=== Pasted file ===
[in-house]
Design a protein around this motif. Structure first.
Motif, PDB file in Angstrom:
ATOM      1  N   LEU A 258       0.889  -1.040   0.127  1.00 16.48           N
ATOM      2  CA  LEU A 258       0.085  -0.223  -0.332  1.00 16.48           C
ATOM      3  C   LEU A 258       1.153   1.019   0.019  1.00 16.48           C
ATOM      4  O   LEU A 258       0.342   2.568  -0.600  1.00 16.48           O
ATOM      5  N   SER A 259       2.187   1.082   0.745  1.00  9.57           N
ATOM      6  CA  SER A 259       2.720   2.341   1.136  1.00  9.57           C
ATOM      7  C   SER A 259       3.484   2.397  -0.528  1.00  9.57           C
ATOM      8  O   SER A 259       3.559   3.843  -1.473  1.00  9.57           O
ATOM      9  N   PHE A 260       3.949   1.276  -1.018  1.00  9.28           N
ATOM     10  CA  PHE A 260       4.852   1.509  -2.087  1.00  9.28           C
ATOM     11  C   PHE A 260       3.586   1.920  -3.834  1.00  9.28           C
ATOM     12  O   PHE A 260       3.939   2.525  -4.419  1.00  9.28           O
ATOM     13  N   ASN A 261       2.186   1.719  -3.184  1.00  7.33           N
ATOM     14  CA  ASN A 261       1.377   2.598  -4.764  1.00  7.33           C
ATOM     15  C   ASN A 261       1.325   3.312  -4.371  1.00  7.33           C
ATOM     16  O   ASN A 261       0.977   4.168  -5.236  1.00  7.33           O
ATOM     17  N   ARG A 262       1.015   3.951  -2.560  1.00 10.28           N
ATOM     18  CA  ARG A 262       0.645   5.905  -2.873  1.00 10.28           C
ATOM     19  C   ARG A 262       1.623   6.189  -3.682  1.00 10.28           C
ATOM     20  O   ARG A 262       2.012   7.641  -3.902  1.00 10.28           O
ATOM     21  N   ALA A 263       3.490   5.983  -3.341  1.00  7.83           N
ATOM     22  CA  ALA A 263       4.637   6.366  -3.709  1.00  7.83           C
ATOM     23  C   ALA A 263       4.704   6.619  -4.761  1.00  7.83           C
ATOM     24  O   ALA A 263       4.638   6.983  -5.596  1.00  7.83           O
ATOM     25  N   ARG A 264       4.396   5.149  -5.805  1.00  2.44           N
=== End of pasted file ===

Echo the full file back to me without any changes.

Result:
[in-house]
Design a protein around this motif. Structure first.
Motif, PDB file in Angstrom:
ATOM      1  N   LEU A 258       0.889  -1.040   0.127  1.00 16.48           N
ATOM      2  CA  LEU A 258       0.085  -0.223  -0.332  1.00 16.48           C
ATOM      3  C   LEU A 258       1.153   1.019   0.019  1.00 16.48           C
ATOM      4  O   LEU A 258       0.342   2.568  -0.600  1.00 16.48           O
ATOM      5  N   SER A 259       2.187   1.082   0.745  1.00  9.57           N
ATOM      6  CA  SER A 259       2.720   2.341   1.136  1.00  9.57           C
ATOM      7  C   SER A 259       3.484   2.397  -0.528  1.00  9.57           C
ATOM      8  O   SER A 259       3.559   3.843  -1.473  1.00  9.57           O
ATOM      9  N   PHE A 260       3.949   1.276  -1.018  1.00  9.28           N
ATOM     10  CA  PHE A 260       4.852   1.509  -2.087  1.00  9.28           C
ATOM     11  C   PHE A 260       3.586   1.920  -3.834  1.00  9.28           C
ATOM     12  O   PHE A 260       3.939   2.525  -4.419  1.00  9.28           O
ATOM     13  N   ASN A 261       2.186   1.719  -3.184  1.00  7.33           N
ATOM     14  CA  ASN A 261       1.377   2.598  -4.764  1.00  7.33           C
ATOM     15  C   ASN A 261       1.325   3.312  -4.371  1.00  7.33           C
ATOM     16  O   ASN A 261       0.977   4.168  -5.236  1.00  7.33           O
ATOM     17  N   ARG A 262       1.015   3.951  -2.560  1.00 10.28           N
ATOM     18  CA  ARG A 262       0.645   5.905  -2.873  1.00 10.28           C
ATOM     19  C   ARG A 262       1.623   6.189  -3.682  1.00 10.28           C
ATOM     20  O   ARG A 262       2.012   7.641  -3.902  1.00 10.28           O
ATOM     21  N   ALA A 263       3.490   5.983  -3.341  1.00  7.83           N
ATOM     22  CA  ALA A 263       4.637   6.366  -3.709  1.00  7.83           C
ATOM     23  C   ALA A 263       4.704   6.619  -4.761  1.00  7.83           C
ATOM     24  O   ALA A 263       4.638   6.983  -5.596  1.00  7.83           O
ATOM     25  N   ARG A 264       4.396   5.149  -5.805  1.00  2.44           N